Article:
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Unforgettable: From Puppy Mill Hell to Doing Quite Well

Jenny Froh

Audrey was one of 51 Maltese abandoned on a country road in Flower Mound, Texas, in October 2012. All the dogs found were in poor condition and matted with feces and urine, and some had medical conditions that needed treatment. There was no doubt in our minds the dogs came from a puppy miller, who dumped them in the wake of a new law requiring the inspection and licensing of commercial breeders.

The dogs were in such a state of neglect that it could only have come from living for a long period in a cage. They had been living in their own waste for so long that many of them had what amounted to years of matted hair growth. They also had injuries and behaviors that are standard fare for dogs living in puppy mills—horribly bad teeth from eating urine-soaked food; nails grown out and into the pads of their feet; foot and toe injuries from living on wire flooring; housebreaking issues that will be a lifetime struggle for the adopters; scarring and growths from untreated mastitis. The males were much more fearful about being handled than the females, which is typical since female breeding dogs are more used to being touched.

I have worked on dogs taken from puppy mills before, but because Maltese hair continues to grow, these dogs were suffering more than many breeds would. (Two days earlier, a group of Cavalier King Charles Spaniels had been dumped in the same area—we assume by the same breeder. There were about 40 of them, and although they probably lived in the same conditions, they were not in the terrible physical condition as the Maltese.)

We were inundated with applications to adopt these dogs—literally hundreds and hundreds—but worked very hard to make sure people really knew what they were getting into by adopting a puppy mill dog. We held two seminars on dealing with fearful dogs, led by a local trainer, and did a lot of counseling before and after adoption to provide them with the support they needed.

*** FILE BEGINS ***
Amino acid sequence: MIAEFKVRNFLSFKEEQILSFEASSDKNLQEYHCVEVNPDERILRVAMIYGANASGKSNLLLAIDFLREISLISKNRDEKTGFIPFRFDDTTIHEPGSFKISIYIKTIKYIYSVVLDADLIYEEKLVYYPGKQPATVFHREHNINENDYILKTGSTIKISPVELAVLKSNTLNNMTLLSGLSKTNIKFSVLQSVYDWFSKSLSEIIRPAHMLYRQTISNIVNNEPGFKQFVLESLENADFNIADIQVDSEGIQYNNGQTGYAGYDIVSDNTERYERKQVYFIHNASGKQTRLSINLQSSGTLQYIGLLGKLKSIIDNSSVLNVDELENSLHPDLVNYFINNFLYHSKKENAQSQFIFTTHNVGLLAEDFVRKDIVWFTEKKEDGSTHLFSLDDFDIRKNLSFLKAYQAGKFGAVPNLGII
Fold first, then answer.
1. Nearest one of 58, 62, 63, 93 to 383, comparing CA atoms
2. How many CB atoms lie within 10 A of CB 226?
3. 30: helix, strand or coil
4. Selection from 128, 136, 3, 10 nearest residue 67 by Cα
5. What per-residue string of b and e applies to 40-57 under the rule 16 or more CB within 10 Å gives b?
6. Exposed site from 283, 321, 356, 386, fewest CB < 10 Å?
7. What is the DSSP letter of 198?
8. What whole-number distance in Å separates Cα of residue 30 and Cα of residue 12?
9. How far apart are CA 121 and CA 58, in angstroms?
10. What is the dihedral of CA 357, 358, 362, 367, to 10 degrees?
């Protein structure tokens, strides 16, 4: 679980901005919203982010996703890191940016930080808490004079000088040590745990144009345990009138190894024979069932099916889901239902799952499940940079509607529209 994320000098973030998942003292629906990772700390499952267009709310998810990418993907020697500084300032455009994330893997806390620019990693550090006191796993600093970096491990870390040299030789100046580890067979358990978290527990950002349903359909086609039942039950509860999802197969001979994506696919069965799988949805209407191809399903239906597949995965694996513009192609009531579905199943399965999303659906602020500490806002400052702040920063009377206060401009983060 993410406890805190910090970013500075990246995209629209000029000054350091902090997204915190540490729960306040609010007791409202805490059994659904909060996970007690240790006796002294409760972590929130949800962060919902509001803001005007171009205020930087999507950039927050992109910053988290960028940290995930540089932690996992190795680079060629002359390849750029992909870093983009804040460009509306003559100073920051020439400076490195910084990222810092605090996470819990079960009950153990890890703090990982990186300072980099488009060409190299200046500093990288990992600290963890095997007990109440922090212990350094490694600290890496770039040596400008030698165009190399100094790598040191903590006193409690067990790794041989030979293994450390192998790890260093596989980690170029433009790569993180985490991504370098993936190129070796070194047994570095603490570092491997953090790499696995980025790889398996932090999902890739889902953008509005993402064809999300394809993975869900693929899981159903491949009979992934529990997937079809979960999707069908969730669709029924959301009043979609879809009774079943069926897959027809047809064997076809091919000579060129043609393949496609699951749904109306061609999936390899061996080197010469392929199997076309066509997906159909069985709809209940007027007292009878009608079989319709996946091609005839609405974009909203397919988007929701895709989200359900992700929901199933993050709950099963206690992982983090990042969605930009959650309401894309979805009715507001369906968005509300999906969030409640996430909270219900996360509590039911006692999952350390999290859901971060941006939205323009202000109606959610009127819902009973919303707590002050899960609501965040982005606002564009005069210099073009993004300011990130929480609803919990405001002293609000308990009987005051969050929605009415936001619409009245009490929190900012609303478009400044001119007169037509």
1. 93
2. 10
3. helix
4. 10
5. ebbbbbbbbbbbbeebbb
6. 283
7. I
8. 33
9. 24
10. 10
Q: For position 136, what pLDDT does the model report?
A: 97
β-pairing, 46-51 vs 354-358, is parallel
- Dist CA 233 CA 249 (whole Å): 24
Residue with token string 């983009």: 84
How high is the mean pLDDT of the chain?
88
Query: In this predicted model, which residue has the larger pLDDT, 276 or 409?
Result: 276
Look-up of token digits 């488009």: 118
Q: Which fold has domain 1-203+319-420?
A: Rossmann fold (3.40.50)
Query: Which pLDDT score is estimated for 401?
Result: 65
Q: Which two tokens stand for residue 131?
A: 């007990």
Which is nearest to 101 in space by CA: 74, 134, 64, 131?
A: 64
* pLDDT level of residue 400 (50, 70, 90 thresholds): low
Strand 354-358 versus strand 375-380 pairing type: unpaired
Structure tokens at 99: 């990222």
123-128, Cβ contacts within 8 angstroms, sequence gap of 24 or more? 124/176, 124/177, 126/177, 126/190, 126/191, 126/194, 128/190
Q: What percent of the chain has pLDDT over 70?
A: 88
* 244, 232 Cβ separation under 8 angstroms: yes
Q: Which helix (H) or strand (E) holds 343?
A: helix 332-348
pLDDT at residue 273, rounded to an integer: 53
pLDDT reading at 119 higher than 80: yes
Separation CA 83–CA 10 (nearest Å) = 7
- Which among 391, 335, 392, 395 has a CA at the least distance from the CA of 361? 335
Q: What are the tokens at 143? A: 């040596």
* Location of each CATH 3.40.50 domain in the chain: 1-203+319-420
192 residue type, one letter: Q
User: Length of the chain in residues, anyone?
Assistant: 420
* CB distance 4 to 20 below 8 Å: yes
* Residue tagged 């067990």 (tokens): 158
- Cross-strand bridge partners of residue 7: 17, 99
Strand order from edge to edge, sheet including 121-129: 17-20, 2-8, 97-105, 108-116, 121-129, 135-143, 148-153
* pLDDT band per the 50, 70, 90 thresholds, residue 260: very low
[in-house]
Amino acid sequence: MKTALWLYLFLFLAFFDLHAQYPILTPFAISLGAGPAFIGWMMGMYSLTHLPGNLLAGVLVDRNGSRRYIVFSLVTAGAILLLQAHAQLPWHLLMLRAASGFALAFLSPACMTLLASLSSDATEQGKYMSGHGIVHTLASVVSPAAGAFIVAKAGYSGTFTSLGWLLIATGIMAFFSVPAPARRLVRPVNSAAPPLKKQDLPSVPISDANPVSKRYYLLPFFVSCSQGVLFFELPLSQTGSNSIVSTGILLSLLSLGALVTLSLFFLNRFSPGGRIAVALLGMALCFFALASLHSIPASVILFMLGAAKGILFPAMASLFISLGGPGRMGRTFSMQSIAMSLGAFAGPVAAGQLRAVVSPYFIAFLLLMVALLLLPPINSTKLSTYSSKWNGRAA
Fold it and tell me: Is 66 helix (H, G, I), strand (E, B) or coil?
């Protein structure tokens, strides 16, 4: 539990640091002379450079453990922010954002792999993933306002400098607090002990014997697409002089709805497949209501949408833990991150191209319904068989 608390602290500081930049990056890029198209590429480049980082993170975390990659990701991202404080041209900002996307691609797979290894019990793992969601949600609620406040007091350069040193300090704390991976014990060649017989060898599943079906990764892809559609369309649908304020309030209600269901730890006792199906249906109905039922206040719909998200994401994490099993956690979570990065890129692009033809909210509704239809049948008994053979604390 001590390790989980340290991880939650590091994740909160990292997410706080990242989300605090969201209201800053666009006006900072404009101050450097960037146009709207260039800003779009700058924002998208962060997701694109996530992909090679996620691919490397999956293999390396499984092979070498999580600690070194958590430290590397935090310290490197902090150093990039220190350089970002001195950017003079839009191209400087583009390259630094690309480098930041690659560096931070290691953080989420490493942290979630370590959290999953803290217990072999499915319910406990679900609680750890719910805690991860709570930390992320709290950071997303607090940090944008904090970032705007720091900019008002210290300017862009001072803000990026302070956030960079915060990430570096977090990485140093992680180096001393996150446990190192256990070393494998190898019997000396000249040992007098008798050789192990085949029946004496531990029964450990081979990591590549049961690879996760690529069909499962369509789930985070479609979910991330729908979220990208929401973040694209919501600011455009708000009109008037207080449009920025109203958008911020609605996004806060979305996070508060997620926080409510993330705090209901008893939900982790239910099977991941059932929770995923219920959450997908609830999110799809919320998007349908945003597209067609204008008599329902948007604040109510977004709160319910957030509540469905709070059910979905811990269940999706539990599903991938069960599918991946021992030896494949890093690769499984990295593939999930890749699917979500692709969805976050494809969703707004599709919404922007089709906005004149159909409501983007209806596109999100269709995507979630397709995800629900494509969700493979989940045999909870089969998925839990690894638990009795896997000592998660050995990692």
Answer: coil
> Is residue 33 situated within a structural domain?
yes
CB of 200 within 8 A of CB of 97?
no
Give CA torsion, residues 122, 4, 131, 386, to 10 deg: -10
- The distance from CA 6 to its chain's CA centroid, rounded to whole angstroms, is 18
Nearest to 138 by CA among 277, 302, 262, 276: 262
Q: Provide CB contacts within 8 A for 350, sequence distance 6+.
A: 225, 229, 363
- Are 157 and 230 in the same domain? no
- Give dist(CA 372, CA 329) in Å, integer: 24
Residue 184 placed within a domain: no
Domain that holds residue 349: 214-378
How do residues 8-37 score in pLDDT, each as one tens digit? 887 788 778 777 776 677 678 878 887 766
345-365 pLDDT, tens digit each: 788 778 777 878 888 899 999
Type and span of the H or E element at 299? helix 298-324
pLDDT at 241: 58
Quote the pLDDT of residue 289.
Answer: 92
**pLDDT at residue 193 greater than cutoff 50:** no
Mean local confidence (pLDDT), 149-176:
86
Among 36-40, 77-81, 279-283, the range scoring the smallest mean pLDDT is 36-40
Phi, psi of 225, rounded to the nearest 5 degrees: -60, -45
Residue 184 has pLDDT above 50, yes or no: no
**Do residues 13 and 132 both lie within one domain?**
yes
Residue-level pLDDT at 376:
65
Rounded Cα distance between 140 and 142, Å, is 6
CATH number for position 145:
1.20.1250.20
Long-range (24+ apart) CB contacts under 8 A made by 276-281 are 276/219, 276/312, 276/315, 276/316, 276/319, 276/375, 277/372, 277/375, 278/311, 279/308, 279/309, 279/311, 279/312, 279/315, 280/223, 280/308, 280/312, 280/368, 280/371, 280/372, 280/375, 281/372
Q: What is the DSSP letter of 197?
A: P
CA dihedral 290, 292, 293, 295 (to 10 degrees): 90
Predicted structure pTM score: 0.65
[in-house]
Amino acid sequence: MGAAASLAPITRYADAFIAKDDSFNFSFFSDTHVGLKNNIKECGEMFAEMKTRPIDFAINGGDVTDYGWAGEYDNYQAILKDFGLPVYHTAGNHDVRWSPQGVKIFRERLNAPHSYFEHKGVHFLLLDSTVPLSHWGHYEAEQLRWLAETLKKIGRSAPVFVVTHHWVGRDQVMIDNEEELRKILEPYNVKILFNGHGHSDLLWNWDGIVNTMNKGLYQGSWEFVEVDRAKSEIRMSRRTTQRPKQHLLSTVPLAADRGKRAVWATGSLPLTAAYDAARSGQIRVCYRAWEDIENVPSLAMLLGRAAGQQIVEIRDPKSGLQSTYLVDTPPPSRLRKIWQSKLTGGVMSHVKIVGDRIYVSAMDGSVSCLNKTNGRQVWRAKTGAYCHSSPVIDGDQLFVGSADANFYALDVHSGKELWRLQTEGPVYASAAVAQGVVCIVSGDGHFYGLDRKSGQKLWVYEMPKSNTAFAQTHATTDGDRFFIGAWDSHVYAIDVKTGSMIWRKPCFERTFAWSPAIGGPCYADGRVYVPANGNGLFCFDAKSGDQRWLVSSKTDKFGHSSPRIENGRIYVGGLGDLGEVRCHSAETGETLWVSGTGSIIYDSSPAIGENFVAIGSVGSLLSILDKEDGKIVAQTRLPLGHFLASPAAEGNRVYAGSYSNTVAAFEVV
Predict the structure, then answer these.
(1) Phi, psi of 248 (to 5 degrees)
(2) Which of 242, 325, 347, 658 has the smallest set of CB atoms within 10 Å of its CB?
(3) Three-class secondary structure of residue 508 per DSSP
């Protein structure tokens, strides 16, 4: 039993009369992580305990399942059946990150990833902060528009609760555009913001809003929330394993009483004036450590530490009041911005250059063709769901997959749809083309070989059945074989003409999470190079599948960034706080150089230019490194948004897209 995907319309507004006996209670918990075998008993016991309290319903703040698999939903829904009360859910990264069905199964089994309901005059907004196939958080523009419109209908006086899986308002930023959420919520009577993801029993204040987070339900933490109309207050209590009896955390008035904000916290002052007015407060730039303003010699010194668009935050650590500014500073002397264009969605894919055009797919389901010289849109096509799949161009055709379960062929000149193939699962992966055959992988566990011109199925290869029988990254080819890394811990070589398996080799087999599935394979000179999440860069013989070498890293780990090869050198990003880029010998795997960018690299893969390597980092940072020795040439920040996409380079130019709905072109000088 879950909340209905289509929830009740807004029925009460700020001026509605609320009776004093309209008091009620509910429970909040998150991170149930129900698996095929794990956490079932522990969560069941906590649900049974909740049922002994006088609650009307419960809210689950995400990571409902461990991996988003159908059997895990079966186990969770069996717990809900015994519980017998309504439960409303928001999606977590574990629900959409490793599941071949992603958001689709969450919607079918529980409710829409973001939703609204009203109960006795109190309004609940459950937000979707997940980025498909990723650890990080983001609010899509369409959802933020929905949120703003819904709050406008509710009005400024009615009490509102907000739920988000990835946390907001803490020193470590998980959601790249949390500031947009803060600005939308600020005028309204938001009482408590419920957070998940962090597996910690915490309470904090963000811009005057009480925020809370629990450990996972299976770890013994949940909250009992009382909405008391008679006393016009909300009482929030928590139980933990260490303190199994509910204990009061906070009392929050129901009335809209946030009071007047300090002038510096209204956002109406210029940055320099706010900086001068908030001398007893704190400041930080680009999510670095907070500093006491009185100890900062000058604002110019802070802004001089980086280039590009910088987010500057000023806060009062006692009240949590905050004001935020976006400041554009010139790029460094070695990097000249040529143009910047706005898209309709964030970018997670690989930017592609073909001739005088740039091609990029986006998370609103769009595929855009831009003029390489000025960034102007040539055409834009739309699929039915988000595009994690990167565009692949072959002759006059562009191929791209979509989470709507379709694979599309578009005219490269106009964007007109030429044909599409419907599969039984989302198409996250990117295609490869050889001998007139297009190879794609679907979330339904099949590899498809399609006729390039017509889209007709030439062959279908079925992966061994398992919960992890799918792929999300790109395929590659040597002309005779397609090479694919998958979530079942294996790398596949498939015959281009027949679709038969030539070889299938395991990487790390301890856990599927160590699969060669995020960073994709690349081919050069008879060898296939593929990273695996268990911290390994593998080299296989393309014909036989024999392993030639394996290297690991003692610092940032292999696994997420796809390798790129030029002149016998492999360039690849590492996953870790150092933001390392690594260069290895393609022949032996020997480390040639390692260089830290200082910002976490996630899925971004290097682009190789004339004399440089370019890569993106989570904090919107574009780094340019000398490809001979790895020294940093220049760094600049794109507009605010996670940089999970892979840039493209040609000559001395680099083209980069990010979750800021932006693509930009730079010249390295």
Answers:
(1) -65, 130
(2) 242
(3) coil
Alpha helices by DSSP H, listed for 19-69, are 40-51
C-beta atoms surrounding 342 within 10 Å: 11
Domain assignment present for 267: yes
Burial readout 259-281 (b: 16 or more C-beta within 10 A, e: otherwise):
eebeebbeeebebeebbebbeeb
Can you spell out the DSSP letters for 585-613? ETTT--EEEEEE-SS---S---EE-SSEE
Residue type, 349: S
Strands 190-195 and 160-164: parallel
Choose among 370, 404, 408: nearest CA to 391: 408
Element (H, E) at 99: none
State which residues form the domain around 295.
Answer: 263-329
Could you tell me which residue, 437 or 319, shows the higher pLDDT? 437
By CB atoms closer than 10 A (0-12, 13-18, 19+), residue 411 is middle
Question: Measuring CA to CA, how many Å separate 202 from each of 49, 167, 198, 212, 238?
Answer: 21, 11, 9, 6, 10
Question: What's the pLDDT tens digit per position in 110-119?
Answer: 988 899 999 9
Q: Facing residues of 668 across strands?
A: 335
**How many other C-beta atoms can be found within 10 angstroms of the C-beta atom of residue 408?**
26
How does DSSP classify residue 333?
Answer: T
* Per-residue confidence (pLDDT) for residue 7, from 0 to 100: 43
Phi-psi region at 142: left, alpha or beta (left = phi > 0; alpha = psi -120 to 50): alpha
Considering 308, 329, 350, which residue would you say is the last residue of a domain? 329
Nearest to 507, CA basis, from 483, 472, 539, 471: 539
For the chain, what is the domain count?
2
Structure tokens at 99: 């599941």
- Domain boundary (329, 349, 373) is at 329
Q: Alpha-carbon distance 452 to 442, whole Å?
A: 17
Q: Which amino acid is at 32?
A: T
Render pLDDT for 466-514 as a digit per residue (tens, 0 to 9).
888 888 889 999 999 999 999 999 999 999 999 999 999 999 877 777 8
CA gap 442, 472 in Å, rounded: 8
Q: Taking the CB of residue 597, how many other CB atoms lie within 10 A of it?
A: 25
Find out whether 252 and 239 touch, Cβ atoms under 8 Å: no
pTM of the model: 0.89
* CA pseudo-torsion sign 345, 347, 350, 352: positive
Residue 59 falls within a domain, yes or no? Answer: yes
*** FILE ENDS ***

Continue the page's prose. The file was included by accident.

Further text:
Most of these dogs will never be “normal.” They’ll always be somewhat fearful and will probably always have housebreaking issues, but we gave the adopters a lot of tools to work through those issues and education to help them understand why the dogs are the way they are. The dogs are still making progress and hopefully will continue to do so throughout their lives.

Audrey was one of two dogs who were too pregnant to spay—she had her pups the day we took the dogs in. Like all of the dogs, she was quite shy, but in her foster home she slowly came out of her shell and she was adopted in January of this year. Her puppies were all adopted, of course. One was adopted by one of our volunteers and is now living like a princess. None of Audrey’s pups will ever know the horrors of life in a puppy mill.

−Stacy Smith, vice president of animal advocacy 
Humane Society of Flower Mound
Flower Mound, Texas

Read the rest of this issue from Animal Sheltering magazine


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